I'm having no end of trouble with one of our production SQL boxes - users are experiencing massive drop offs in performance and this is having severe impacts on the business. I've been investigating mainly from a SQL/dba perspective and using sp_BlitzFirst I've been seeing intermittent reports of very slow read/write times (typically ~100-300ms but at points as high as 1000ms+).

The real head scratcher is that after getting our infrastructure guys involved they can't see anything amiss from their end.

The server is a virtual machine (Windows Server 2008 R2, SQL 2008 R2 Standard with 12 cores and 32Gb of RAM providing the databases for a Dynamics CRM 4.0 instance and another web application that is integrated with CRM) running under vmware with storage being provided by a Dell EqualLogic SAN and they are seeing times more in the 30-40ms range. Now it's entirely possible that the samples taken by BlitzFirst and vmware are simply not coinciding and causing the disparity but if not could there be any other explanation? I've used perfmon on the server and while the averages for the disk read/write are pretty reasonable I see definite spikes that are much higher then vmware is reporting - much closer to the figures that BlitzFirst is reporting. Is there anything else I should be looking at?

I'm reasonably certain that the problems BlitzFirst is reporting are real as they always occur at the same points the users experience major problems. To be honest the application performance of this CRM has always been pretty crap but even with a pretty low bar it's still falling well short.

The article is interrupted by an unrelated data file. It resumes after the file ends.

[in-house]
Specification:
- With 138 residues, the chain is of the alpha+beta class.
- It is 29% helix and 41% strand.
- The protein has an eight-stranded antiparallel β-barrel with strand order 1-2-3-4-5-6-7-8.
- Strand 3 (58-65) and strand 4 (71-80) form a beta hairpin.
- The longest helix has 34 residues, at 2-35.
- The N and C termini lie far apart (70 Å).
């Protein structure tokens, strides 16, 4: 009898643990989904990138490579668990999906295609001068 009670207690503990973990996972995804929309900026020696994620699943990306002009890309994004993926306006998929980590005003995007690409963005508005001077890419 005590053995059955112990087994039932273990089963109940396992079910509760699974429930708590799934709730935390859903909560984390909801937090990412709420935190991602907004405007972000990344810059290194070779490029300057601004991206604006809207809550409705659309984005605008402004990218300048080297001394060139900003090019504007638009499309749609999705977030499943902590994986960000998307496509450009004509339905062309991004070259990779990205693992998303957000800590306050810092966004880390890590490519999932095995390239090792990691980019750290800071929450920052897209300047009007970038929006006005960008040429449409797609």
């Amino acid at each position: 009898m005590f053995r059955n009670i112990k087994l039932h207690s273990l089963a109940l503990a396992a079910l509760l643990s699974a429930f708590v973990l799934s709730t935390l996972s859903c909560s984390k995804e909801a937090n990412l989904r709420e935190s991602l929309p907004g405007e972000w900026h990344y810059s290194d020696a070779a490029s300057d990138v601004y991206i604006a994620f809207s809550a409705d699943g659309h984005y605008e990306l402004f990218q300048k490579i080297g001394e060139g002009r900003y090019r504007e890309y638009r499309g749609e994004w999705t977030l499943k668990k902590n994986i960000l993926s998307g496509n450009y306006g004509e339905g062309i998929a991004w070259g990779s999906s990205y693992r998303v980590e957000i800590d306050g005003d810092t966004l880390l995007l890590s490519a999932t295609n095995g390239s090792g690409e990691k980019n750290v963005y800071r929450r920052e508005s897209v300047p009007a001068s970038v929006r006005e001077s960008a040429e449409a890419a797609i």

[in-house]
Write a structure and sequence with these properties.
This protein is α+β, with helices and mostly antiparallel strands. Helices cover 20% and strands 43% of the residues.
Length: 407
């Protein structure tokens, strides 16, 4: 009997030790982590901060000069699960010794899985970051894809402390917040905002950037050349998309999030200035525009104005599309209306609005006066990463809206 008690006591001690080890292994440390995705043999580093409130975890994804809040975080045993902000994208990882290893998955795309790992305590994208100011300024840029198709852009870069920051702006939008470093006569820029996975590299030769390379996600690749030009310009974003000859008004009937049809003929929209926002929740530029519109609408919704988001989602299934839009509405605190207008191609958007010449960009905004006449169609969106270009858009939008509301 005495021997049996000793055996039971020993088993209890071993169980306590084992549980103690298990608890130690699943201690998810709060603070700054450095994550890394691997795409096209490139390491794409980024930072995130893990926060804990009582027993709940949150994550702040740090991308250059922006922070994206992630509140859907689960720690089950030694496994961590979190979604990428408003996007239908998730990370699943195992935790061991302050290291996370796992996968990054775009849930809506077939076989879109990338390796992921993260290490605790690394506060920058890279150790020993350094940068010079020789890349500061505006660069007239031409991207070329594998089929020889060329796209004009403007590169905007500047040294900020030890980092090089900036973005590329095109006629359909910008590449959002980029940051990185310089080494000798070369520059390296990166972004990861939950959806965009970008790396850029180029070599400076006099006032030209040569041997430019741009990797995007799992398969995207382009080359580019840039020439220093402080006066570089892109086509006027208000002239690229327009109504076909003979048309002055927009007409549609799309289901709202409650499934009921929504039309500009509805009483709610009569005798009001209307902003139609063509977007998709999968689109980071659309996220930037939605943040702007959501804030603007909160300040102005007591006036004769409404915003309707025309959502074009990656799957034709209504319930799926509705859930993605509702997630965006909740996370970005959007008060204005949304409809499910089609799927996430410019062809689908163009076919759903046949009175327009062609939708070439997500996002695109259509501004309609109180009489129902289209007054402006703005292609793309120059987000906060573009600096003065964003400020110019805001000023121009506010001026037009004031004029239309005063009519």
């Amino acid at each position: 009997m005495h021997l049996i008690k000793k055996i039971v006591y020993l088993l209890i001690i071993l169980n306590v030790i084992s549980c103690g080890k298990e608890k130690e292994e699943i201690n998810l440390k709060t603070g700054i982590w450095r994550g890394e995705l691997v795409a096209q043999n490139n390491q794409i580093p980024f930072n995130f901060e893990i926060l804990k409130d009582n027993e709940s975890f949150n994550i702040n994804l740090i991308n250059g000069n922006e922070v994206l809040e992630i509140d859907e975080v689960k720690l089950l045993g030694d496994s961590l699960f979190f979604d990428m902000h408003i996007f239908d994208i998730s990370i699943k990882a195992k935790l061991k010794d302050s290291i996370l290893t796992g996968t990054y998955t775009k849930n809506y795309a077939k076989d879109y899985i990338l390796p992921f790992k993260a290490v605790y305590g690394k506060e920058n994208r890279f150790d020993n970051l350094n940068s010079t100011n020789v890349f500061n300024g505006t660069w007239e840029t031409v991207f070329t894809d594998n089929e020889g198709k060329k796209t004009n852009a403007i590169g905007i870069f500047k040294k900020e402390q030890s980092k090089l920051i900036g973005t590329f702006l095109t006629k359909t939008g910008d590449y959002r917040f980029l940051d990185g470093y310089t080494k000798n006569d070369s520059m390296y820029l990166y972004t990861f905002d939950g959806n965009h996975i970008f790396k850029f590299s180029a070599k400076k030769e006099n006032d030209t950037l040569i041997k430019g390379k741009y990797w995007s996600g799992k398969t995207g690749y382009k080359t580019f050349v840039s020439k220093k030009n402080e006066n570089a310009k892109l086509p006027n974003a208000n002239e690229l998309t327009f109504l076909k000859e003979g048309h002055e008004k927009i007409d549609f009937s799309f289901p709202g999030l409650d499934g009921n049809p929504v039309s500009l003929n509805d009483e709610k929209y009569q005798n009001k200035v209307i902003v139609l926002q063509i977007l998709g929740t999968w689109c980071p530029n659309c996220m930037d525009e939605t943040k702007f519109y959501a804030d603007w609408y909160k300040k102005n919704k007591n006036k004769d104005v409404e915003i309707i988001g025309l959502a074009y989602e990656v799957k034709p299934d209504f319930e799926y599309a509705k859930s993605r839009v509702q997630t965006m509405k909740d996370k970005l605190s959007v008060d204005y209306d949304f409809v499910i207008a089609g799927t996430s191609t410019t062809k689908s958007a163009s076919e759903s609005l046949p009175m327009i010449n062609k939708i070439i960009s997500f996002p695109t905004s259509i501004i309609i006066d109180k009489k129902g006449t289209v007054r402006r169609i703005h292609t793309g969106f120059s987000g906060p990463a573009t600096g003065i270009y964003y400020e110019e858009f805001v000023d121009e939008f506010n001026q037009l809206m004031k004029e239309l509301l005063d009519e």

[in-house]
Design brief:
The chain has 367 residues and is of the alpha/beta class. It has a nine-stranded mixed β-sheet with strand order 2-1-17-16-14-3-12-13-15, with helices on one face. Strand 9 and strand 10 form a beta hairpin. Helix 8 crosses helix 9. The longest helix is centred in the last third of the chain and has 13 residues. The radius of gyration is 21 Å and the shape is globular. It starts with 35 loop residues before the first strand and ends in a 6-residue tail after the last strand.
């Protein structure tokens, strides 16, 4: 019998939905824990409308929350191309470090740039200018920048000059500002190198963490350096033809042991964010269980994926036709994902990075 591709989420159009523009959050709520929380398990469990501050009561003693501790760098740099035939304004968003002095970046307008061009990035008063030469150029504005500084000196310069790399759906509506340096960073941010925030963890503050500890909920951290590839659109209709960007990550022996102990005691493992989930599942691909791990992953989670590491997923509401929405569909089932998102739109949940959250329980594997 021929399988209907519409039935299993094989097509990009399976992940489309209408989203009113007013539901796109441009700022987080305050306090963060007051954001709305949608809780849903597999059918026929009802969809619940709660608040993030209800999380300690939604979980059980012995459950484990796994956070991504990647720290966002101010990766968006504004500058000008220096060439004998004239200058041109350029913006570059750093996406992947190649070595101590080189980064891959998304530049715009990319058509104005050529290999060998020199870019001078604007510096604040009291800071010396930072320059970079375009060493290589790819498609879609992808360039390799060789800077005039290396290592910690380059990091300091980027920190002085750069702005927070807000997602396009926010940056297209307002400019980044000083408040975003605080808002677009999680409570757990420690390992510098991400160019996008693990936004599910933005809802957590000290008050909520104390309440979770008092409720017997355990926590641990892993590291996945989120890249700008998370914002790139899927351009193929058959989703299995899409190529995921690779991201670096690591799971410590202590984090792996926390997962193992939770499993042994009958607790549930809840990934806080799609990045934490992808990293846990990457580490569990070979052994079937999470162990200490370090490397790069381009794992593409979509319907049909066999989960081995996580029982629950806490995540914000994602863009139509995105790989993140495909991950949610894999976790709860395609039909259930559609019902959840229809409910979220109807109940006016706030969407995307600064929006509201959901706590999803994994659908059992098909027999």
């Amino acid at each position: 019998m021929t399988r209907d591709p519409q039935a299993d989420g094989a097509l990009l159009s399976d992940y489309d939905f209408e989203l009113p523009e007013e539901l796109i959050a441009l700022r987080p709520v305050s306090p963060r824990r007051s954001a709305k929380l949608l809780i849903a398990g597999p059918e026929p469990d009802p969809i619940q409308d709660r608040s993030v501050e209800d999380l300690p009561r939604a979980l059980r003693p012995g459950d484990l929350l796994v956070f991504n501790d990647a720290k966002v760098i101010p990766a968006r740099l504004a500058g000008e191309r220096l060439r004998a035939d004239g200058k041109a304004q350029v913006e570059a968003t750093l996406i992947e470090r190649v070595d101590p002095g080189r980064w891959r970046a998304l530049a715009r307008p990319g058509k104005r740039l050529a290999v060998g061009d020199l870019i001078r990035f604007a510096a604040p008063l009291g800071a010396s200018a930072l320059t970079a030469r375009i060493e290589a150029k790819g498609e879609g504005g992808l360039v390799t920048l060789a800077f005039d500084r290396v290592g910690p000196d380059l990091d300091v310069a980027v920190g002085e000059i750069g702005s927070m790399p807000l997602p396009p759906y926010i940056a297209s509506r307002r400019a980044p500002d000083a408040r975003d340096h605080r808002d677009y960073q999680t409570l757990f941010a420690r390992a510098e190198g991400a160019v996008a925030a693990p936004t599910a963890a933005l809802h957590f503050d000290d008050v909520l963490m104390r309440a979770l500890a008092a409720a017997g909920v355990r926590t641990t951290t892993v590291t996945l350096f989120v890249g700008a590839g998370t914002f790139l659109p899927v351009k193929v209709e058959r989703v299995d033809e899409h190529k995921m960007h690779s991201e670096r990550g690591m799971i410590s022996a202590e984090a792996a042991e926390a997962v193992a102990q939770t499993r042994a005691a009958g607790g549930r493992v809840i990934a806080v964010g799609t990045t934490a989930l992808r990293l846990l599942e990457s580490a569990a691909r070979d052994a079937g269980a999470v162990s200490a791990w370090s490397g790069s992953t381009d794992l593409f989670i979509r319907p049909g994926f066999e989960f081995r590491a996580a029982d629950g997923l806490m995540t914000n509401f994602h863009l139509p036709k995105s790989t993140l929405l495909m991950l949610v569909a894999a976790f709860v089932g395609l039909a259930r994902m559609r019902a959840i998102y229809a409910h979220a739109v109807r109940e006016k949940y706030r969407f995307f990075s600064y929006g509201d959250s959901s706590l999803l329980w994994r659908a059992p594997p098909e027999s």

• CHeck your CPU ready time, that gets translated into disk waits in some cases. Make sure the CPU in the vm is not overcommitted. Feb 10, 2017 at 12:36
  • Thanks - that's definitely worth a look.. I've asked the infra team to have a look and let me know. Feb 10, 2017 at 13:11
  • how many databases are on the instance and how big they are ? What is the max memory setting ? CPU power options set to high performance ? Is balloon driver being used ? Check if the host machine is not overloaded.
    – Kin Shah
    Feb 10, 2017 at 14:32
  • In total there are 17 databases on this instance although 90%+ of the load is spread across two of these. Max memory setting is 20000. CPU power is currently set to "Balanced" although I don't have access to change that and I'm not certain whether that even has an effect given the CPUs are virtual. Feb 10, 2017 at 14:45
  • I don't know about the Balloon Driver settings as I have no access to vCenter but I can try find out. Infrastructure claim the host isn't overloaded but they are planning on reducing the spec of some test VMs that are on the host to see if that makes a difference. Feb 10, 2017 at 14:52

1 Answer 1


Not wanting to be one of those OPs who just disappears without providing closure here's an update..

Despite receiving multiple assurances from infra that the vhost was in no way overloaded and that contention for physical resources couldn't possibly be the problem they eventually moved multiple VMs off the host to another one and the symptoms disappeared once that was complete. So either the problems were caused by resource contention on the host bottlenecking the VM's performance or the symptoms that just coincidentally looked like resource contention just so happened to coincidentally disappear at the same time that load on the vhost was reduced.

So many thanks to everyone for the helpful comments/pointers!

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